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Officials: Funding in place for theater site renewal

Elected officials and civic leaders gather in the

Elected officials and civic leaders gather in the parking lot of the now shuttered UA Movie Theater In Coram to unveil a plan for the redevelopment of the property. Under the Town of Brookhaven's "Blight to Light" initiative, the 17.65 acre property, tucked off the road at Routes 25 and 112 will be transformed into a mixed use, retail and residential town center community. The price of the project is estimated at $59 million. (September 20, 2011) Credit: Newsday/John Paraskevas

The old UA movie theater in Coram now has the funding in place to begin its transformation into a pedestrian-friendly complex of workforce rentals and mixed-use retail, town and state officials announced Thursday.

At a news conference in front of the dilapidated theater off Route 112, officials heralded the newly dubbed Wincoram Commons' 176 units of affordable workforce rental housing, and 13,300 square feet of commercial space.

"It's a win, win, win," said Ken Adams, president and chief executive of New York State's Empire State Development. "It's reclamation of an abandoned commercial site."

The $53-million development's affordable housing will help address a void in the region, Adams said. "We're keeping young people on Long Island," he said.

Developed by Rochester-based Conifer Realty and the nonprofit Community Development Corporation of Long Island, the first phase of the project is paid for through a mix of state, county and nonprofit funding.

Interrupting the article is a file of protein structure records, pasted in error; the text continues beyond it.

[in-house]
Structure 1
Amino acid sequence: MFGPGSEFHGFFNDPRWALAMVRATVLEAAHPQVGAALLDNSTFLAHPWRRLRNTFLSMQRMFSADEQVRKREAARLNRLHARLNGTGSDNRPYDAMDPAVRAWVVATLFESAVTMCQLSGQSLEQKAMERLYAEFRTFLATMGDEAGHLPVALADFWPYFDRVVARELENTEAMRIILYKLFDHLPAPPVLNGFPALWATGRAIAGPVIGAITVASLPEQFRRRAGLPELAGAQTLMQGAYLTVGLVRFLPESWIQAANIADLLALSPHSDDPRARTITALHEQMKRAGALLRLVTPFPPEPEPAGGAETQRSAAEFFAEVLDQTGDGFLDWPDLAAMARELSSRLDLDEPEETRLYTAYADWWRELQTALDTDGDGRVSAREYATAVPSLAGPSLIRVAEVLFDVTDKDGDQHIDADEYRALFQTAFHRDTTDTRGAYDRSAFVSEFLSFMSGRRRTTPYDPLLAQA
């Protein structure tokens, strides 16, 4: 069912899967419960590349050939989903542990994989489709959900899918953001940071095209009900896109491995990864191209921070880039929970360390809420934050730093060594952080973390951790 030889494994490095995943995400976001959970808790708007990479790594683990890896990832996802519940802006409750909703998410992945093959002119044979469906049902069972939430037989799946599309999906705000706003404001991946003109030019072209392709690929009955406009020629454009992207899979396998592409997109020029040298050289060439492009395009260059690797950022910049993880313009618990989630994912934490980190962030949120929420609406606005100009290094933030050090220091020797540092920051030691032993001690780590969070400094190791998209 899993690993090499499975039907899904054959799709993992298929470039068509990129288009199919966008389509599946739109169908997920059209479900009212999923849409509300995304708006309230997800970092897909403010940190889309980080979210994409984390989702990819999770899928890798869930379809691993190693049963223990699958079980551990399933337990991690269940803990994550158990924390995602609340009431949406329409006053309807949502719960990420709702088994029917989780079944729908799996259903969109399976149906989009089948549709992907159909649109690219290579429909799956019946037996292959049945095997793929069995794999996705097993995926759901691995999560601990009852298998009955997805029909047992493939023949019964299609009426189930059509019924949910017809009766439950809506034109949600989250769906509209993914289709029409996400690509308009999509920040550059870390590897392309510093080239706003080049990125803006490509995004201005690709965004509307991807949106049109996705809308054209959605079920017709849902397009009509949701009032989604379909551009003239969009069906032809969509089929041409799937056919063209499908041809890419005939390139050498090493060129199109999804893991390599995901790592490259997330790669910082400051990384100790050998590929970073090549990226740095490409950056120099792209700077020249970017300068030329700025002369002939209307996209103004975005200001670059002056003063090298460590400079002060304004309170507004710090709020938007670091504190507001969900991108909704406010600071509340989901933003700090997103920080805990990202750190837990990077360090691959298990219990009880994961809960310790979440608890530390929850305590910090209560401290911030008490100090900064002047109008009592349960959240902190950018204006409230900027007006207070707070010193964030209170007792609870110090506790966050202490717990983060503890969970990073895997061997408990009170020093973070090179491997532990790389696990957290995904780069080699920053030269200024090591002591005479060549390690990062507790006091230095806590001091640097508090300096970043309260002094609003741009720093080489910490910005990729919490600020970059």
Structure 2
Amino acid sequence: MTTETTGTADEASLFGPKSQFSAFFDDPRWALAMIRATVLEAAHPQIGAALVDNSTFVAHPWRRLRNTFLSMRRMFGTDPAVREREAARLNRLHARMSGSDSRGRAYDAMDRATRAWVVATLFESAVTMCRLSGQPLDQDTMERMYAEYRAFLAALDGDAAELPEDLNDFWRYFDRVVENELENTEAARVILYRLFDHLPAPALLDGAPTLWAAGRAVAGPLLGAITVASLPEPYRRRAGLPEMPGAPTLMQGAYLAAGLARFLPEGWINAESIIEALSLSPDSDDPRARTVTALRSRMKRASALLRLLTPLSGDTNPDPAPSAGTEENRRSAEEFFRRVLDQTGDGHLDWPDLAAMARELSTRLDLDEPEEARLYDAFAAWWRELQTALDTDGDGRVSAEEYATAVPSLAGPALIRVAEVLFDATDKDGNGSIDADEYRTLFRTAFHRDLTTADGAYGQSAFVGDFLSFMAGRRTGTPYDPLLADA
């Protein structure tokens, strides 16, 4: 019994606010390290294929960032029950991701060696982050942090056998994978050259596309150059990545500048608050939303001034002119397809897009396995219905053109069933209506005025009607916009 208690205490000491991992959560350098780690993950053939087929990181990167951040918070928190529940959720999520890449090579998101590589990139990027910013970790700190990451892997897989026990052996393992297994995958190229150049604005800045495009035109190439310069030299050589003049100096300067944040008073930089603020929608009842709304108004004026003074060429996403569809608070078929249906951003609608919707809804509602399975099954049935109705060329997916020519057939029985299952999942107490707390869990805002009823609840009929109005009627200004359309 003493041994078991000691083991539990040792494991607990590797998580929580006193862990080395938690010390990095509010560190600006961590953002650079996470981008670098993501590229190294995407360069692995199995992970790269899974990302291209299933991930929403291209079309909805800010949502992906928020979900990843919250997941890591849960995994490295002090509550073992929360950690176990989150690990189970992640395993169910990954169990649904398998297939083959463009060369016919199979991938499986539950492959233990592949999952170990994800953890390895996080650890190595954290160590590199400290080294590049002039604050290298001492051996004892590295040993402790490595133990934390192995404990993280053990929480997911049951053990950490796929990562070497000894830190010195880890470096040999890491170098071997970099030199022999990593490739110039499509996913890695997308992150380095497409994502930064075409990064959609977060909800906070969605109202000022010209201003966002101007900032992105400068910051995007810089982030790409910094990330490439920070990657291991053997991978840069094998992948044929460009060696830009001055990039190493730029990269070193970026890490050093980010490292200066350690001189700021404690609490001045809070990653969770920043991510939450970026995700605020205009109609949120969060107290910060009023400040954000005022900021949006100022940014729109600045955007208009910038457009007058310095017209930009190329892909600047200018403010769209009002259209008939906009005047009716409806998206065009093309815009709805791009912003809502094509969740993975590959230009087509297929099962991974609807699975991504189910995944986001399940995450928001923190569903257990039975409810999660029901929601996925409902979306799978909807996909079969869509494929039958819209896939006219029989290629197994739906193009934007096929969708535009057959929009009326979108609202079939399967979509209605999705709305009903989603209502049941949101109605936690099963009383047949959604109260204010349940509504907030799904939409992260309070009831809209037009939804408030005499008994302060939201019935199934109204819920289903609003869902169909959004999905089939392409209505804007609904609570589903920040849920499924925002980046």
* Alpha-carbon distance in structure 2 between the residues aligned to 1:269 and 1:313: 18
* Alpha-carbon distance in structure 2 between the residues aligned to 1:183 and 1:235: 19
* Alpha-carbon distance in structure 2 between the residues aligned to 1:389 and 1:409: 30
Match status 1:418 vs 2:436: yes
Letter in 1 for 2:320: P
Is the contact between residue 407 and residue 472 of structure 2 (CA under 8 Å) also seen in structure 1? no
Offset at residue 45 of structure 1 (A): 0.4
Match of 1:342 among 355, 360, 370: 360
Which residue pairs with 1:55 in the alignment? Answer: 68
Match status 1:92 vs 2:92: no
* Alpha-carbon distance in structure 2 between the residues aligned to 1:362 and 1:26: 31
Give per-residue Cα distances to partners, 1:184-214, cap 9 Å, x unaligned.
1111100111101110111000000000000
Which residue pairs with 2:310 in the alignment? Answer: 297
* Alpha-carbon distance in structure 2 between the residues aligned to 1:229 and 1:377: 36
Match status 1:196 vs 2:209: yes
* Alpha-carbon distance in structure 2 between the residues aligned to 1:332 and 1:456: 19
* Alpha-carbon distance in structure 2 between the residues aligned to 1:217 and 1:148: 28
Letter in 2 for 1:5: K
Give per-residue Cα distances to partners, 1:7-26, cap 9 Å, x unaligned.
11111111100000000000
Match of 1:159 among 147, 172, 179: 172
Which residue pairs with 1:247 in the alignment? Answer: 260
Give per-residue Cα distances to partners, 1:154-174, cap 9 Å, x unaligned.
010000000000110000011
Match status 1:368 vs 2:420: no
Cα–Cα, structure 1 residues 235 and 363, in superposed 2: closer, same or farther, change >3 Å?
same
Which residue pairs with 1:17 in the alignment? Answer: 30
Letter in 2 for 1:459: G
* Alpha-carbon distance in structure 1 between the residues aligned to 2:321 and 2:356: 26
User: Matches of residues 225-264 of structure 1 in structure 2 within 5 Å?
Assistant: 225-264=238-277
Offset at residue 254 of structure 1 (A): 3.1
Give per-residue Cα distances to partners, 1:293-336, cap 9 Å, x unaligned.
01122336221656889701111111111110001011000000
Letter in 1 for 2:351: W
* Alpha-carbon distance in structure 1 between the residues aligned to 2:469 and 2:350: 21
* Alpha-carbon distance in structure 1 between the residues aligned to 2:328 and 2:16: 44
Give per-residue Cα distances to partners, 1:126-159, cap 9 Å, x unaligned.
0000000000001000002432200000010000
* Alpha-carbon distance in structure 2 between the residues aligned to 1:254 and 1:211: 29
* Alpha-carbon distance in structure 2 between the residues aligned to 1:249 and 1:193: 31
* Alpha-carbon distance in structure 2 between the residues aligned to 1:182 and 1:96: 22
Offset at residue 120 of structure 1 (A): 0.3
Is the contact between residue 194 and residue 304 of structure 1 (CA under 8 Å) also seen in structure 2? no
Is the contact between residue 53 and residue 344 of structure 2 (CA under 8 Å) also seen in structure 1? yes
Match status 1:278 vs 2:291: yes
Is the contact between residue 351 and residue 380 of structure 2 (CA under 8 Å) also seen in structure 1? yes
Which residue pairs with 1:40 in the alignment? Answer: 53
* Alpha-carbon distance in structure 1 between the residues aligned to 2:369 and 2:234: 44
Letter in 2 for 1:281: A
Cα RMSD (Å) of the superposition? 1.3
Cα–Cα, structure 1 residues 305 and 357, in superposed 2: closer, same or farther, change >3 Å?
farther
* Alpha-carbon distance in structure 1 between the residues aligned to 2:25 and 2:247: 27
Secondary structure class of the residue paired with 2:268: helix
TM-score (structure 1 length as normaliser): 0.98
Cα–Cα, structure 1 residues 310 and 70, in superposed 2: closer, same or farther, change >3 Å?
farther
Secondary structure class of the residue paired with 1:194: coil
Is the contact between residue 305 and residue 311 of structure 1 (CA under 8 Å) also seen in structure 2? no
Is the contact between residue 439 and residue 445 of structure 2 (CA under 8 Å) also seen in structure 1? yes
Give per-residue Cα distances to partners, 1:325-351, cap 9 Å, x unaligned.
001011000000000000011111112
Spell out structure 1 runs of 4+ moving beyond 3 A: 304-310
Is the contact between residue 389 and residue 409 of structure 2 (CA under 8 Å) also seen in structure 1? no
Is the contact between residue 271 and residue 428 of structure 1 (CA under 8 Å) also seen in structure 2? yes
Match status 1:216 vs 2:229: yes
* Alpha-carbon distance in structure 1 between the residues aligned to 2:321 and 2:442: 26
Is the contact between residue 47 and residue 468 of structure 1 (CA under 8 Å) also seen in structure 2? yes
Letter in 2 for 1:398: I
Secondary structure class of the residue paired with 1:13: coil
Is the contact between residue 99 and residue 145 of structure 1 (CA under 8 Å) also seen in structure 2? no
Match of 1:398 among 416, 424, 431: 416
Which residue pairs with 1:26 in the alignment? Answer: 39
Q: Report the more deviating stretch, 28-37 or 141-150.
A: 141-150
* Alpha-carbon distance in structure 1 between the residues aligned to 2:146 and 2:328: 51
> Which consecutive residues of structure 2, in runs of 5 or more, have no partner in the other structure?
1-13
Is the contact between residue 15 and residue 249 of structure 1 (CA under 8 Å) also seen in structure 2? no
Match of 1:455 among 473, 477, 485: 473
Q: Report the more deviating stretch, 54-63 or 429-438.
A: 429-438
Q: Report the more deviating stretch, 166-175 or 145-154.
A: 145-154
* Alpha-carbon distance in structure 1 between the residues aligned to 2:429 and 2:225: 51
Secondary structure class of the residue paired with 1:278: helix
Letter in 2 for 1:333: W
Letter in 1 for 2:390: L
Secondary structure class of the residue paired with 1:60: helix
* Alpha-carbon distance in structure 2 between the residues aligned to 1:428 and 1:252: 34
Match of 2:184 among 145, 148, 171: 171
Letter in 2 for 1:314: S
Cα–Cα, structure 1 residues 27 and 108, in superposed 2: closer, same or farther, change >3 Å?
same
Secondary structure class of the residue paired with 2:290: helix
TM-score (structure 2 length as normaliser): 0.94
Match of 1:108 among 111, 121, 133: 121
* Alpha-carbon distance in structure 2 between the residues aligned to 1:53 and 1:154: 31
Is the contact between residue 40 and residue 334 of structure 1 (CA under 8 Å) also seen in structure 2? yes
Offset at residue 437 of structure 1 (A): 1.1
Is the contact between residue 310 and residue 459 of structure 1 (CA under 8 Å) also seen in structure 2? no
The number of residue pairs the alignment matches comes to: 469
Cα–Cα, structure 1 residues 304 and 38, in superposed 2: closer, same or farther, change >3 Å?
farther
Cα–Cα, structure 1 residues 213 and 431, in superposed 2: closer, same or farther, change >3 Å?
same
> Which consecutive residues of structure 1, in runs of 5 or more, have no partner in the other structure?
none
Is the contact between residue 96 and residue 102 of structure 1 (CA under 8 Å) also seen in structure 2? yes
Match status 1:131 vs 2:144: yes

The project was endorsed by the Long Island Regional Economic Development Council, which spurred the New York State Homes and Community Renewal to approve $2.1 million in funding for the development, which is expected to leverage nearly $20 million in private equity.

Suffolk County has allocated $1.5 million from a housing capital program. The Empire State Development granted $1 million, and the Community Development Corporation of Long Island is loaning $500,000, said Marianne Garvin, CDCLI president and CEO.

The project is part of the local land use strategy for Coram, and officials attributed the momentum to two factors: the desire to eliminate an eyesore, and community support.

"They're very anxious to see this blighted site disappear and be replaced by a vibrant, mixed-use community," said Brookhaven Councilwoman Connie Kepert.

"We're not just building a development -- we're building a community," said Brookhaven Supervisor Edward P. Romaine.The idea to redevelop the 17.65-acre theater site started in 2002, even before the cinema was officially shuttered in 2004, according to Coram Civic Association president Erma Gluck. Groundbreaking is scheduled for this fall.

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